© International Fair Play Committee. All rights reserved.
Print this article E-mail

A weekend of hoops, sportsmanship, fun


They're called the Mean Machine team, but it's hard to figure out why.

As buzzers and cheering take over the Stafford High School gymnasium during the Special Olympics basketball tournament on Saturday, a player on Mean Machine stopped mid-game to give a hand to a player who fell—a player on the opposing team.

This kind of sportsmanship is not unusual in the Special Olympics environment, which is why Kate Marciniak, fan and mom of a player, explained, "the team name is misleading."

Special Olympics Virginia gives children and adults with intellectual disabilities the opportunity to play a variety of sports, including basketball, bowling, swimming and golf, among others, in a competitive yet supportive climate.

"This is a great event because teams and athletes from all over the state come together as a community," said Rick Jeffrey, president of Special Olympics Virginia.

Parents convened after a semifinal game to gab about their kids and bond over the pride they have for them.

"Cohesiveness is the best way to describe the team," explained one supportive Mean Machine team mom, Missy Alsop. "Nobody is left out, and they actually want to share the ball."

The tournament was part of a two-day event that included more than 800 players and teams from different parts of Virginia, such as Charlottesville and Richmond. The games were held at high schools and middle schools in Stafford.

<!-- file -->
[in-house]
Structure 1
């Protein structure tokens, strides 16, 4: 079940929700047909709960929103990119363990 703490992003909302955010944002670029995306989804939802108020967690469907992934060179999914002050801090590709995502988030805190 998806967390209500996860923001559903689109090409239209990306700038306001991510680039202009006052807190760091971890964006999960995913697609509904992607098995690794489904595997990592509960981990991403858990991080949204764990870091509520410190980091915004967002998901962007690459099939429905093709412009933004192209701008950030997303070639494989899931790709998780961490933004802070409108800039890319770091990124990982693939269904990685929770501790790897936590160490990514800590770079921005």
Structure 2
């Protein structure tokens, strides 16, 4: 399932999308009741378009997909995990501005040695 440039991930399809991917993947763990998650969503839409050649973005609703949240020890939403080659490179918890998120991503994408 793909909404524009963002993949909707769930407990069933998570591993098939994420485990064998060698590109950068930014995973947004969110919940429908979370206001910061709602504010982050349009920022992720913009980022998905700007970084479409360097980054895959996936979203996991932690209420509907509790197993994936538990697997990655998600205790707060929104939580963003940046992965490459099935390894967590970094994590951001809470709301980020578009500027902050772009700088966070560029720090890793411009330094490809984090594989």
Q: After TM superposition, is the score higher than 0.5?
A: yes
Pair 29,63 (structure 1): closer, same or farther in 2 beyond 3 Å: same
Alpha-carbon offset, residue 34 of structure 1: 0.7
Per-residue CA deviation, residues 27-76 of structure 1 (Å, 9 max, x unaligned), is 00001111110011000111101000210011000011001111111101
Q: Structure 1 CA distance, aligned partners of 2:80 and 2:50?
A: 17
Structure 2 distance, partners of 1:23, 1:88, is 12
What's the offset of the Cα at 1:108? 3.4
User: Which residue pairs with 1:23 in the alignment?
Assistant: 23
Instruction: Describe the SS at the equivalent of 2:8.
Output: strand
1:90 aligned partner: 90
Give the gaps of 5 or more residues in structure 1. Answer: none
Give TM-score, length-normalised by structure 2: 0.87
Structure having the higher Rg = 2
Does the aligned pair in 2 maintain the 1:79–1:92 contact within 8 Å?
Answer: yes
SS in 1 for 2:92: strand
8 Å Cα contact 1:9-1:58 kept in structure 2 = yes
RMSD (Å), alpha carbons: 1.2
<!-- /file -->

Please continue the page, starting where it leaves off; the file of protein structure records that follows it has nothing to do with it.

The national anthem, a flag presentation and other activities kicked off the opening ceremony on Friday, and the day ended with a community dance open to all the athletes. Then full-court, half-court and individual skills, or mini shooting and passing competitions, began.

Lakrisha Boxley, 21, was born with a learning disability to a 13-year-old mother. Shortly after, Pastor William Frye adopted her in order to bring her up in a safe and productive environment. That included basketball.

"In a normal community, she's withdrawn," said Frye, who looked over at his enthusiastically gesturing daughter on the court. When she's with her team, Boxley feels safe and opens up.

"All I like is basketball," Boxley said, eyes all alight. "It's better because I get to be around my friends."

The tournament is more than bouncing balls and keeping scores. Stafford High School was swarming with students who volunteered to hand out food, keep score, make announcements and see that their work and planning for the tournament was running smoothly.

Wes Bergazzi, assistant principal in charge of athletics at Stafford High School, said the Olympics are a way for special-needs members to grow and thrive, as well as a way to expand the understanding of mental deficiencies to the community, and that includes the high school students.

Students in Rachel Sherman's class are required to volunteer 70 hours of their time to events like the Special Olympics. However, they've figured out it's about more than just a grade.

"Once you meet people different from you, you're able to get new insights," said Aiyannah Terry, a junior at Stafford High School.

"[The volunteering] shows them what issues are out there and how to help," said Sherman.

Most importantly though, the Special Olympics reached its ultimate goal of producing smiles.

"The fans have been screaming and hollering in all the schools," said Jeffrey. "It's been a fun day."

Over 100 fans showed up to the games at Stafford High School, but there were over 1,000 total who supported the event, according to Jeffrey. Cheerleaders flipped and twirled in red, white and blue while family and friends in the stands screamed and cheered.

"Cheering on Matt is the best part," said Stephanie Whiteside, whose 16-year-old son, Matthew Whiteside, plays for the Edison Eagles of Alexandria. "He loves it, so we love it, too."